November 27, 2017 by Robert Franklin, Esq, Member, National Board of Directors, National Parents Organization
It’s by now no secret that the tax bill recently passed by the U.S. House of Representatives includes a remarkable approach to alimony. Specifically, alimony payments will no longer be deductible by the payor. Apparently they also won’t be income to the recipient. That’s produced a small flurry of concern in certain quarters. This article from the Associated Press is pretty much par for the course (NBC-2, 11/26/17).
I say that because it considers mostly the recipient’s point of view, quotes mostly pro-payee sources and almost entirely ignores the pain caused to payors should the measure be enacted into law. Coincidentally, 97% of alimony payors are men and 97% of payees are women. So the measure can be accurately read as a further attack on the pocketbooks of men, but that’s not how the article spins the story.
A national group of family law attorneys, the American Academy of Matrimonial Lawyers, announced Thursday that it is against the proposal.
"Alimony is an essential tool that has enabled countless spouses to adjust to a dramatically altered economic reality," Madeline Marzano-Lesnevich, president of the academy, said in a statement. "The financial security provided to families by spousal support is a valuable resource that needs to be further strengthened and not diminished by our representatives."
Toni Van Pelt, president of the National Organization for Women, said the tax change could make it more difficult for divorcees to get the support they need because their ex-husbands would have less money without the deduction.
"It’s something that’s really important to women," Van Pelt said. "We are really concerned because it would make tough, tense negotiations between couples even worse."
Now, it’s a good rule of thumb that, if a bill is opposed by the American Academy of Matrimonial Lawyers, it’s probably a good thing, but this seems to be the exception. The state of alimony law in this country is outrageous in several ways; Congress musn’t make it worse.
The AAML and NOW assume that removing the tax deduction for alimony payments made would reduce the amount ex-wives would receive. I call that a dubious proposition at best. Judges may well look at the non-deductibility of payments in calculating their amount. Or they may not. Certainly they should, but of course family court judges should do many things they seldom get around to, so the moral obligation, the reasonable requirement clearly holds little sway with them.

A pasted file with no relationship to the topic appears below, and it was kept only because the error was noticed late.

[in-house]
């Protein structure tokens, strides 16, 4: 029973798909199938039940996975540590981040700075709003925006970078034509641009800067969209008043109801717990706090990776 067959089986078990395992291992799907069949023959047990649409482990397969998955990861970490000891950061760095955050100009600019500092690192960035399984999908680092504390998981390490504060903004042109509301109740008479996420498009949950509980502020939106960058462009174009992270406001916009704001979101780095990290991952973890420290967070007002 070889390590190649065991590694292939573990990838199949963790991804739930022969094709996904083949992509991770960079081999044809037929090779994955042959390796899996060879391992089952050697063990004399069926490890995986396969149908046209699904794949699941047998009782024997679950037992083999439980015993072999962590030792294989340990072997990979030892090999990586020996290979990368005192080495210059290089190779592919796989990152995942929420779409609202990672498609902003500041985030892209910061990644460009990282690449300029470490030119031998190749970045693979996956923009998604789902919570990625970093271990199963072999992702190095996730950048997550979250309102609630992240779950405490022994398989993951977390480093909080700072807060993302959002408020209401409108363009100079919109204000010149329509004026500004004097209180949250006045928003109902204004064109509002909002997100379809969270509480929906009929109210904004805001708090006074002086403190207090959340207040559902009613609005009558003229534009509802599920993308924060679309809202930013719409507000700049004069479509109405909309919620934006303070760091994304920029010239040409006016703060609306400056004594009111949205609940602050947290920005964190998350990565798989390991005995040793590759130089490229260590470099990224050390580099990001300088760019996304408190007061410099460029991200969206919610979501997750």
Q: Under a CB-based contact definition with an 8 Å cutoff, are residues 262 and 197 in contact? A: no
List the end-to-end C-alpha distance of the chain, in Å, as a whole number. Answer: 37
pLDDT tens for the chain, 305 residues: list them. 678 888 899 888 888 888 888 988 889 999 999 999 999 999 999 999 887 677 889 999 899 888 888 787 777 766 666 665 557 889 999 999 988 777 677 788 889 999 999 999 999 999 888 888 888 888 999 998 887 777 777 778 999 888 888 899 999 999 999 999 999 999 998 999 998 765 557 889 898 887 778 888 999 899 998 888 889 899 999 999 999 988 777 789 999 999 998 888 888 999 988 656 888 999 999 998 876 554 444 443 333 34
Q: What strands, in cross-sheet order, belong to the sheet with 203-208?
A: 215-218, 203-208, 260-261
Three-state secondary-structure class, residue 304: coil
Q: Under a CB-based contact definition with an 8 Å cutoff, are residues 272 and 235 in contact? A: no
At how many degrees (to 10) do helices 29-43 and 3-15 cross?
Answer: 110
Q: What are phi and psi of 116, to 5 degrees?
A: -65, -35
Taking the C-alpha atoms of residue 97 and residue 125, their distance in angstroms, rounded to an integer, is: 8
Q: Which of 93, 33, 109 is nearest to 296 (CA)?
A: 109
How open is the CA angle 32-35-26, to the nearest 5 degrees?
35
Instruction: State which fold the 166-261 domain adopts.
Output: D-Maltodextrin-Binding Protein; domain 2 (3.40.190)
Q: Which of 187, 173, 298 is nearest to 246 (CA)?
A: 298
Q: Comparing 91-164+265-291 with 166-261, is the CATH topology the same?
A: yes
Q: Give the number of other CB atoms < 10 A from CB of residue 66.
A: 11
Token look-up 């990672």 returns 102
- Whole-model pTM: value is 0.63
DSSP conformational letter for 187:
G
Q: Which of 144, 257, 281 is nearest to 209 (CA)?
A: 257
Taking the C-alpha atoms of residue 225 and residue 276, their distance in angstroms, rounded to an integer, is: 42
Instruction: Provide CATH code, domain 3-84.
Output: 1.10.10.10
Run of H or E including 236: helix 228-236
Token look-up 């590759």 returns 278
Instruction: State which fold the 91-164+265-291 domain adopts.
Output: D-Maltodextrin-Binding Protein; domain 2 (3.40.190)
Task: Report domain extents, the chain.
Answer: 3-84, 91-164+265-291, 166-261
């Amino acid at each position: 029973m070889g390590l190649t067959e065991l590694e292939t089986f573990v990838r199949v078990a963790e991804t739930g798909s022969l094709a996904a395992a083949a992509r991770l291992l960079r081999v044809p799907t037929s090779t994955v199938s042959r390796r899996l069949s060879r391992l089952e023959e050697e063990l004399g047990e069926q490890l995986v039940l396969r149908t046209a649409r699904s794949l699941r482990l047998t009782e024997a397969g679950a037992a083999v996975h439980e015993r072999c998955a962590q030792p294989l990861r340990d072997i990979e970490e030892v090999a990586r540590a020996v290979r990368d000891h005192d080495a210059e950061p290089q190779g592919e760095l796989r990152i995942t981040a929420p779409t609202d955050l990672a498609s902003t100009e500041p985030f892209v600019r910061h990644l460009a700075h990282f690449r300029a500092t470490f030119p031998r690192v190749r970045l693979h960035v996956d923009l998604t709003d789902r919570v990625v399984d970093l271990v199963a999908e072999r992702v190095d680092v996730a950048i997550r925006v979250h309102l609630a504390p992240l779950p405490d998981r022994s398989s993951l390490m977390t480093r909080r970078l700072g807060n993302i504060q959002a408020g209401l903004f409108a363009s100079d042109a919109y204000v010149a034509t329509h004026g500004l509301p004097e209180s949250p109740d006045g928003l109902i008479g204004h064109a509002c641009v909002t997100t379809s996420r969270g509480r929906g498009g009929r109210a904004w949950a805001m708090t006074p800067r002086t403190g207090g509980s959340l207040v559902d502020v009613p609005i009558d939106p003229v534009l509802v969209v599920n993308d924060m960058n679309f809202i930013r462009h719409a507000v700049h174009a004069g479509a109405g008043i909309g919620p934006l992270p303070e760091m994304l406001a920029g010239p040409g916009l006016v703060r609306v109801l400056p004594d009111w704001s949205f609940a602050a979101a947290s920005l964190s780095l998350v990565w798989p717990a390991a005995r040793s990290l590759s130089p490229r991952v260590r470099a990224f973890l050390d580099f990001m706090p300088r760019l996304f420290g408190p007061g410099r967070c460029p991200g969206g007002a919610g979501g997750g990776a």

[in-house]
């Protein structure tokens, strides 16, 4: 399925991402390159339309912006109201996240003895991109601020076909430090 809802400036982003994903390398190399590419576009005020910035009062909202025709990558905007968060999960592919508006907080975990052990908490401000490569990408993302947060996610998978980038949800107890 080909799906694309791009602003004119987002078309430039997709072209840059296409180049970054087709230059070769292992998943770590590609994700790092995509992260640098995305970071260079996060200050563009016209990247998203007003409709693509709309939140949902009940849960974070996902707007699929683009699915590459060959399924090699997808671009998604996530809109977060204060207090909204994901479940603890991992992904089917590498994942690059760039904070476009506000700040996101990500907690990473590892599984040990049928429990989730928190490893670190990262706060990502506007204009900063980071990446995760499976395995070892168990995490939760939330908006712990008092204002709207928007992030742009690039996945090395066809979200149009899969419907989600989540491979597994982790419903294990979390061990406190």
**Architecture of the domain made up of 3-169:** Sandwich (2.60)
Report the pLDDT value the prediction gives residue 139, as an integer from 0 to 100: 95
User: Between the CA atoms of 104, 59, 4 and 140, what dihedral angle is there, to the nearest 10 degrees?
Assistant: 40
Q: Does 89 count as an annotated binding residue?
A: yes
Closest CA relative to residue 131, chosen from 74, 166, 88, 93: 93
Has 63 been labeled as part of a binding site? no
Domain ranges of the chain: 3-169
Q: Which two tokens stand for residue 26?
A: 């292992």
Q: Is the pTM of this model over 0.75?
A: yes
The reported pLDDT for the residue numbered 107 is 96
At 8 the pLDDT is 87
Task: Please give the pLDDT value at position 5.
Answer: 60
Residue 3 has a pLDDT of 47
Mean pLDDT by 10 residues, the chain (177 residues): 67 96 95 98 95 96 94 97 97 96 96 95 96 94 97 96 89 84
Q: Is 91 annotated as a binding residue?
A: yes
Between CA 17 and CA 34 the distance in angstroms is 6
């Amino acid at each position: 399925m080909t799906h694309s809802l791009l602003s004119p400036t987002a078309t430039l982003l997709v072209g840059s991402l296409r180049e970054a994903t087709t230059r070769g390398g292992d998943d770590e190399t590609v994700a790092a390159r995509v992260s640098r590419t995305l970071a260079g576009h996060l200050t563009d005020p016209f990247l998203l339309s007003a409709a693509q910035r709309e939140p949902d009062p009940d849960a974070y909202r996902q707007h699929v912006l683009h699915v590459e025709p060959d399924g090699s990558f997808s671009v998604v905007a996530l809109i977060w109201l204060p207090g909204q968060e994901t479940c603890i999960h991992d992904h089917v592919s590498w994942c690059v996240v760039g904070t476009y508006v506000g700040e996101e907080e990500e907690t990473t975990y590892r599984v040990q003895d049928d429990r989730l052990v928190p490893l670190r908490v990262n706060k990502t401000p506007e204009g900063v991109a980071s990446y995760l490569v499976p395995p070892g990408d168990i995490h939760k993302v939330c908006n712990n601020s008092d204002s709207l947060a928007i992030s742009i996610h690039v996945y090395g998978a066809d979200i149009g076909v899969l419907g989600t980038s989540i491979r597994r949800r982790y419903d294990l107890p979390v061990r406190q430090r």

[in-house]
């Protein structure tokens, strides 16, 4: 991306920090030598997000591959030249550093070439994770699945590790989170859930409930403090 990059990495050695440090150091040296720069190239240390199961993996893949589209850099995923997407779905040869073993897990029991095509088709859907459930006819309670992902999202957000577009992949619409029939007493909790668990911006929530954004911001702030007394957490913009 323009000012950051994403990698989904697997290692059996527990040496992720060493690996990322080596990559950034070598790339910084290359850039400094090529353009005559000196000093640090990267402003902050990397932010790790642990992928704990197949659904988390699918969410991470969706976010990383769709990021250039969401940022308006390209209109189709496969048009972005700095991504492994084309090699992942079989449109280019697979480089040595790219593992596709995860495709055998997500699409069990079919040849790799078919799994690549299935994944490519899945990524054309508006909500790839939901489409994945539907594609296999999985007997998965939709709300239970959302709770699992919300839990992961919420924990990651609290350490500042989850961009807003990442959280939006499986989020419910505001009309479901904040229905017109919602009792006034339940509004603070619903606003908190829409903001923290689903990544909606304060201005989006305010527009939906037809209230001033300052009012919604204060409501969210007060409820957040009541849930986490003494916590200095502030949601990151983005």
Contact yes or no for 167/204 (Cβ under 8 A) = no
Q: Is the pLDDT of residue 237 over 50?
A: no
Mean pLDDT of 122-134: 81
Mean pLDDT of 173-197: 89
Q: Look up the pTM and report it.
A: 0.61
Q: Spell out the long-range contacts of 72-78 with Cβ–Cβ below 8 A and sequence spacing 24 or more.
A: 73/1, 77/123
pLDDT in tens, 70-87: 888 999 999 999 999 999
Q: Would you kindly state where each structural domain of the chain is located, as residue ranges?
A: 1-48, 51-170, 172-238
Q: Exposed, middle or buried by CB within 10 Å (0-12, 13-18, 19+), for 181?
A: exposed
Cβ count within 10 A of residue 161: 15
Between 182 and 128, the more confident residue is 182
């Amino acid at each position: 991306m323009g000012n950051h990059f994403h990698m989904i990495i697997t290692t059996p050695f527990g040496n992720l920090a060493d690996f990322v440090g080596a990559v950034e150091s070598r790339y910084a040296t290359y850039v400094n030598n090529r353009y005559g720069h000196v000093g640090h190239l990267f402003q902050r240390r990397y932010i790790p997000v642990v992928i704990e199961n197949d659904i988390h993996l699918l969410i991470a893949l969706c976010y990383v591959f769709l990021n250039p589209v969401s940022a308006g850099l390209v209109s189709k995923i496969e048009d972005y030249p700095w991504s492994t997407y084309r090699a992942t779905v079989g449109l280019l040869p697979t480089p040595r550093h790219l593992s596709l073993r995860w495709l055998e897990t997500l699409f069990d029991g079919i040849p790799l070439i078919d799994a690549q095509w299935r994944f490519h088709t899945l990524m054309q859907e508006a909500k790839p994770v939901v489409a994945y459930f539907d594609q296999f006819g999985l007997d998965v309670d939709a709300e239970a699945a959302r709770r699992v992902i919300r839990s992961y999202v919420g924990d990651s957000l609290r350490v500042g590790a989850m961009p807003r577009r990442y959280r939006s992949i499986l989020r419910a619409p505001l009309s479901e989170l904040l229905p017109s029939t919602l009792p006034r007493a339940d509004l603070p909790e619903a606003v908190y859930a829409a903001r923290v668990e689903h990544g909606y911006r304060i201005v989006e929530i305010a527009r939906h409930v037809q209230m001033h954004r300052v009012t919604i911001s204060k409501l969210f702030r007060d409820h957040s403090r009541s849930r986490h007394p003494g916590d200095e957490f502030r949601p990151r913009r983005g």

Perhaps more important is that, under the House bill, recipients would pay no taxes on alimony paid to them. That truly makes no sense. In few situations I know of is money transferred from one person or entity to another not considered income and taxed. Why we should pretend alimony isn’t income defies logic.
It also defies the position of NOW and the AAML. Clearly, if women receiving alimony don’t pay taxes on it, they’ll have more money than under present law that taxes it.
Meanwhile, there’s this:
Manhattan divorce attorney Steven Mandel said eliminating the alimony deduction could make divorce negotiations tougher. He said many of his clients are concerned about the proposal.
"If they realize they might not get the deduction, they might not be willing to pay so much," he said.
Let’s, as they say, unpack that statement. Mandel is a divorce lawyer and presumably one who’s prominent enough that the AP called him up for a comment. “If they realize…” Does that mean he might not tell his clients about the change in the tax treatment of alimony should the bill become law? “Might not get the deduction…” They either will or they won’t. There’s no “might” to it. “They might not be willing to pay so much…” Mandel is here telling AP readers that, in some way, it’s up to divorcing men how much they pay in alimony. The fact of course is that a judge orders them to pay a certain amount and the men have nothing whatsoever to say about the matter.
Surely Mandel knows all this, which raises the question of just what he’s talking about.
As I’ve said many times, with a few very narrow exceptions, alimony should be done away with entirely. In the United States of the 21st century, there is simply no reason for one adult to be required to support another adult. The exceptions are if the second adult is disabled and can’t support herself or is too old to be reasonably expected to do so. In all other situations, we should recognize the fact that every adult should look out for themselves. All of us are capable of doing so and the American value placed on individual responsibility demands that they do so.
Alimony as it stands now discourages marriage and encourages divorce. It further encourages women to think of themselves not as capable, autonomous adults but as dependent children. That is a message of incompetence and dysfunction that we shouldn’t be sending to anyone.
That NOW finds alimony acceptable demonstrates one of the major changes in feminism since the late 70s. As former feminist Hildegund Sunderhauf said at the NPO conference on shared parenting last May, the feminist movement then decided to replace its call for greater male involvement in childcare with one for greater transfers of wealth from men to women via divorce court. That’s still the tune they’re singing. No functional society should pay heed.
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